The Gallup Pro-Choice Number

by John Sides on May 23, 2012 · 7 comments

in Public opinion

A new Gallup poll shows that the percent of Americans calling themselves pro-choice has fallen to 41%.  In 2008, when that number hit 42%, there was a predictable flurry of news attention.  So I want to call attention to what I wrote then. In short, this “pro-life” vs. “pro-choice” question obscures the true nature of American attitudes toward abortion.  Support for the right to abortion depends strongly on the circumstances of the pregnancy.  They cannot be summarized with the labels “pro-choice” and “pro-life.”

Moreover, and most importantly, more nuanced measures show little of the fluctuation that Gallup’s pro-choice vs. pro-life measure shows.  Indeed Gallup’s new poll confirms this finding:

However, it is notable that while Americans’ labeling of their position has changed, their fundamental views on the issue have not.

{ 7 comments }

Logan May 23, 2012 at 10:36 am

I don’t quite like their question of whether or not abortion should be legal in “some” cases.

Americans could have shifted wildly on which cases those are precisely, and Gallup wouldn’t know. If Americans used to favor abortions in the first and second trimester but not the third, but now favor abortion only in the case of rape or incest, those would both manifest themselves on this Gallup survey as a respondent indicating that they favor abortion in “some” cases, despite the fact that the two positions are wildly divergent.

John Sides May 23, 2012 at 10:47 am

I agree, Logan. The survey questions discussed in my first post are much more helpful in this regard.

Clyde Wilcox May 23, 2012 at 3:55 pm

But John, the GSS data suggests that those who are “between two absolutes” now support fewer specific circumstances than in the past, and this is especially true for the youngest cohort.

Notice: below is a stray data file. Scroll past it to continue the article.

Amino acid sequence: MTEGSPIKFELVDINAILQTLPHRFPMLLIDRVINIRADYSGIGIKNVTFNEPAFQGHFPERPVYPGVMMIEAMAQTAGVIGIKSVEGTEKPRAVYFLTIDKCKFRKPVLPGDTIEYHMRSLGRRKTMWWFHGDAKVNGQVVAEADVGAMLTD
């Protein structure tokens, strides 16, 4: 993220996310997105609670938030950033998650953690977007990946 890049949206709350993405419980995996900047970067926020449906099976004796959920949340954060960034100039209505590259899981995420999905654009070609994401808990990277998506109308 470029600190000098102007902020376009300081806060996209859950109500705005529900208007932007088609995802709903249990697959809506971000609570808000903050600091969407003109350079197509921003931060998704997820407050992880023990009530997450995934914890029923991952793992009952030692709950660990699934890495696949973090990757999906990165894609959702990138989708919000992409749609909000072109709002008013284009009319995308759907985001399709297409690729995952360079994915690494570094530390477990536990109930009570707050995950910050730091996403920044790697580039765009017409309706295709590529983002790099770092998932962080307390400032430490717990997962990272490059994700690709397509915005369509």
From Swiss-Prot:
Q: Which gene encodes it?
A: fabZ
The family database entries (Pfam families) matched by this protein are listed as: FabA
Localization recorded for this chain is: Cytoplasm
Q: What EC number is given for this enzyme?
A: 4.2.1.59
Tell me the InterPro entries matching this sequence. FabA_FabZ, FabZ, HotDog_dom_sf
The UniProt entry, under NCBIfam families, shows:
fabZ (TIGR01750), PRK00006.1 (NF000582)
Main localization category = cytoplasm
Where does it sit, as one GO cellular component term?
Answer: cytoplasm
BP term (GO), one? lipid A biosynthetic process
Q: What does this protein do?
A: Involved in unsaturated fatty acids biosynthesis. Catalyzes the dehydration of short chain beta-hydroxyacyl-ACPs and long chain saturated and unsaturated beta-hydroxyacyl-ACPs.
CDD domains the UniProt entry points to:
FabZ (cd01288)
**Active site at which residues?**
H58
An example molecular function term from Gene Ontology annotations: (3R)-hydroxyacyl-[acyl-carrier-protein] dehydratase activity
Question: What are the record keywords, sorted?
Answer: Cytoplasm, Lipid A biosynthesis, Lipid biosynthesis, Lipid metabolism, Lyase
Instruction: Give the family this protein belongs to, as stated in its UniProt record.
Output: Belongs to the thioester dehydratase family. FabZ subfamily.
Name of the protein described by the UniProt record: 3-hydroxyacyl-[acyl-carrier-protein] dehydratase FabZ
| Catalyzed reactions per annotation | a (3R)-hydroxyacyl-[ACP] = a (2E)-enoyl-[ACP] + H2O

John Sides May 23, 2012 at 6:36 pm

Clyde: Those shifts in the GSS data aren’t large, though, correct?

obelmann May 23, 2012 at 5:40 pm

Gallup claims a +/- 4% total sampling error on the survey.

When Gallup concisely stated that “41% of Americans who now identify themselves as “pro-choice” is down from 47% last July” — the actual Gallup numbers were an inconclusive, overlapping range (at best):

37% – 45% ‘pro-choice’ this year

43% – 51% ‘pro-choice’ last year

So it’s possible that 45% (for example) is the true population measure of ‘pro-choice’… and indeed has not changed at all since last year, according to Gallup’s own results.

Of course, there are many other likely sources of error in any survey… increasing the margin of error VERY significantly.
Certainly Gallup’s subjective choice of position labels and question wording are a major bias source, as discussed above.

Gallup claims a “random sample” as the core basis of this telephone poll. It was not a random/probability sample, but a convenience sample, as executed; factual generalization to the American population indicated by Gallup– is not possible with the Gallup methodology employed.

Best to ignore Gallup and their products entirely.

Andrew Gelman May 23, 2012 at 6:08 pm

Yeah, we should definitely ignore Gallup. After all, Rush Limbaugh says they’re biased, something about “upping the sample to black Americans.”

Matt Jarvis May 25, 2012 at 4:14 pm

Ah, but ignoring the elephant in the room on margins of error and differences of 1-5%…..

Is it meaningful when people adopt a different label for their opinions? Take lib/con. Liberalism has been declining pretty sharply in surveys for a long time (and conservative rising), but there actually isn’t anywhere near as much movement on specific issues.

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